1. Simone, Joseph V. MD

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I am at an advanced age (80) and, though there are disadvantages (I can no longer throw a good forward pass to my grandsons), one of the things I enjoy about my age is that young and old physicians often ask me for advice on career issues. I enjoy that opportunity, which brings me back to my own questions and challenges.

JOSEPH V. SIMONE, MD... - Click to enlarge in new windowJOSEPH V. SIMONE, MD. JOSEPH V. SIMONE, MD, has had leadership roles at many institutions and organizations, and has served on the NCI's Board of Scientific Advisors. His

When I was in medical school and for a couple of decades afterward, I and many other physicians before and during their formal medical training, were avid readers of non-technical books about medicine in various formats like biography, essays, and fiction. I wrote about this in a very early column and came across it by accident recently. Although some students and physicians still read about the best values of being a doctor, that practice does not seem commonplace. So here is my small effort to help revive such reading.


A few of these books had a profound and lasting impact on my thinking and values so that even today, decades later, I have vivid memories of the issues, triumphs, and difficulties they addressed. My top three such books: Microbe Hunters by Paul de Kruif (initially published in 1926); Arrowsmith by Sinclair Lewis (1925); and Aequanimitas by Sir William Osler (1904). Don't let the age of these books spook you...truth and passion about our profession never dies.


Of course, the impact of books depends not only on the topic and skill of the author, but also the frame of mind of the reader at that specific time. All three fed my burning idealism, an unformed mixture of saving mankind, practicing medicine with utmost skill, and satisfying my scientific curiosity. These and other books helped move me gradually from seeing medicine as the fantasy depicted by Hollywood in the Dr. Kildare movies to seeing medicine as a vocation, a noble calling.


Microbe Hunters describes the work and the environment of scientists and physicians who explored, opened, and illuminated the world of microbiology. Written for the general public with flair and suspense, a bit like the Western paperbacks of its day, it also has scientific heft and accuracy. I first read it as a teenager when my favorite sections were those describing the work of Louis Pasteur, Robert Koch, and Paul Ehrlich; they still are my favorites. I was and am inspired by the struggles and perseverance of Pasteur and Koch, who laid the foundations of microbiology and its application to curing human disease. Ehrlich strikes a special cord in me for his pioneering search for antibiotics and for essentially establishing the field of chemotherapy. This was dramatized effectively in the 1940 movie, Dr. Ehrlich's Magic Bullet, starring Edward G. Robinson.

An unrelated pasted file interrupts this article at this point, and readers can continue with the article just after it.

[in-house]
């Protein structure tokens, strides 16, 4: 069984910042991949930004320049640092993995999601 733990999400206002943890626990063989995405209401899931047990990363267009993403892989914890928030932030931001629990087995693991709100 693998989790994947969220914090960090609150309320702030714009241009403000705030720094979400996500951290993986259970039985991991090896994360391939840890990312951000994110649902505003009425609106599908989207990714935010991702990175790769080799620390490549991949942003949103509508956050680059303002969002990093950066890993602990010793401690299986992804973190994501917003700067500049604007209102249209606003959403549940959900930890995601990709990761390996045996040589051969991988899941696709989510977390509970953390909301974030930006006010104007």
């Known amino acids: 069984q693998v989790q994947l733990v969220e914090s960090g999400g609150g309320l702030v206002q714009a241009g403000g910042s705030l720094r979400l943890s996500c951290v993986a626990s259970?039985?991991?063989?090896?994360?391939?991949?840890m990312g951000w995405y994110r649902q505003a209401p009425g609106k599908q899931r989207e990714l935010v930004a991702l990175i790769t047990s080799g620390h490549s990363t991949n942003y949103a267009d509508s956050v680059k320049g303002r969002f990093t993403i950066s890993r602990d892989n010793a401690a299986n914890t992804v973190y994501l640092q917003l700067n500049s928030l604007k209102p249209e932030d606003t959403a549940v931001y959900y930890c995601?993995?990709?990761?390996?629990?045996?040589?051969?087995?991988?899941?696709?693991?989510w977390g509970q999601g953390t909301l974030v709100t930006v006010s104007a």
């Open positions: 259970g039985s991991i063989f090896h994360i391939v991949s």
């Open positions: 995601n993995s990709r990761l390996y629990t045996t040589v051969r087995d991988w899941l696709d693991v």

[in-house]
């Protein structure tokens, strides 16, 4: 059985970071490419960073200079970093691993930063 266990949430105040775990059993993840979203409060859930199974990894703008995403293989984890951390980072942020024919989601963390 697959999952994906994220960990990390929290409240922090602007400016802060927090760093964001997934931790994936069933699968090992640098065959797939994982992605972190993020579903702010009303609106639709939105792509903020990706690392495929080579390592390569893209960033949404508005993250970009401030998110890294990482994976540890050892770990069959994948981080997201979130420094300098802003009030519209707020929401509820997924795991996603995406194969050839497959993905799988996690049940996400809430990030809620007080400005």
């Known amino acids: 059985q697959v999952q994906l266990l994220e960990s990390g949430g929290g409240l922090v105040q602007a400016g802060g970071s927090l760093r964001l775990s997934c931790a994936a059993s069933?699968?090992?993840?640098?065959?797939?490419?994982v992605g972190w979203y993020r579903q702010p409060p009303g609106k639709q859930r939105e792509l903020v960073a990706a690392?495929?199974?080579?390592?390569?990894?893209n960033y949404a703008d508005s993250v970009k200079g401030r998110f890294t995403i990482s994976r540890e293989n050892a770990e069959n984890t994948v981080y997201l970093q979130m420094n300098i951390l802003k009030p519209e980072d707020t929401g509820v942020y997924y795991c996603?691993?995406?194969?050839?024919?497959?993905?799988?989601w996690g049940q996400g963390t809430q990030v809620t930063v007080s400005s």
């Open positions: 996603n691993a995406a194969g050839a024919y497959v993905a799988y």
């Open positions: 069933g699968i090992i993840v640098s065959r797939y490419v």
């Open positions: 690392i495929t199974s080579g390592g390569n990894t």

Sinclair Lewis's Arrowsmith was dedicated thus: "To Dr. Paul H. De Kruif I am indebted not only for most of the bacteriological and medical material in this tale but equally for his help in planning the tale itself..." I first read this novel during my pre-med years. It traces the career and struggles of Martin Arrowsmith, a physician-scientist in the fast moving, fermenting world of microbiology in the early 20th century. The academic locale is based at the Rockefeller Institute (now Rockefeller University) in New York City, then a world leader in the study of microorganisms and their diseases. I wanted to be Arrowsmith, preventing and curing horrible diseases like plague, fighting the ignorance of peers and the wiles of academic politicians, risking my life to save lives, and tragically and heroically losing my devoted wife to the diseases we fought together in the tropics (the latter no longer seems attractive). It was an inspiring and, yes, heroic way of life.

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I was in medical school when I first read Aequinimitas by Sir William Osler and I was immediately captivated. Here was a renowned physician, the first professor of medicine of the Johns Hopkins School of Medicine and one of the founders of the modern era of medicine, speaking directly to me about being a physician, a good physician. The book consists of a collection of Osler's addresses given over the years, many to incoming or graduating medical classes. They were inspiring and made me proud to be a budding member of the profession. But they also were practical, providing advice about how one should behave and what one should value. And most of all, his words rang true, refreshing and clarifying feelings and beliefs that were deeply, if vaguely, held.

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The book was an immediate international hit. A section of Osler's preface to the 2nd edition describes the book's reception and intent, as well as his bedrock view of medicine as a calling akin to a religious vocation.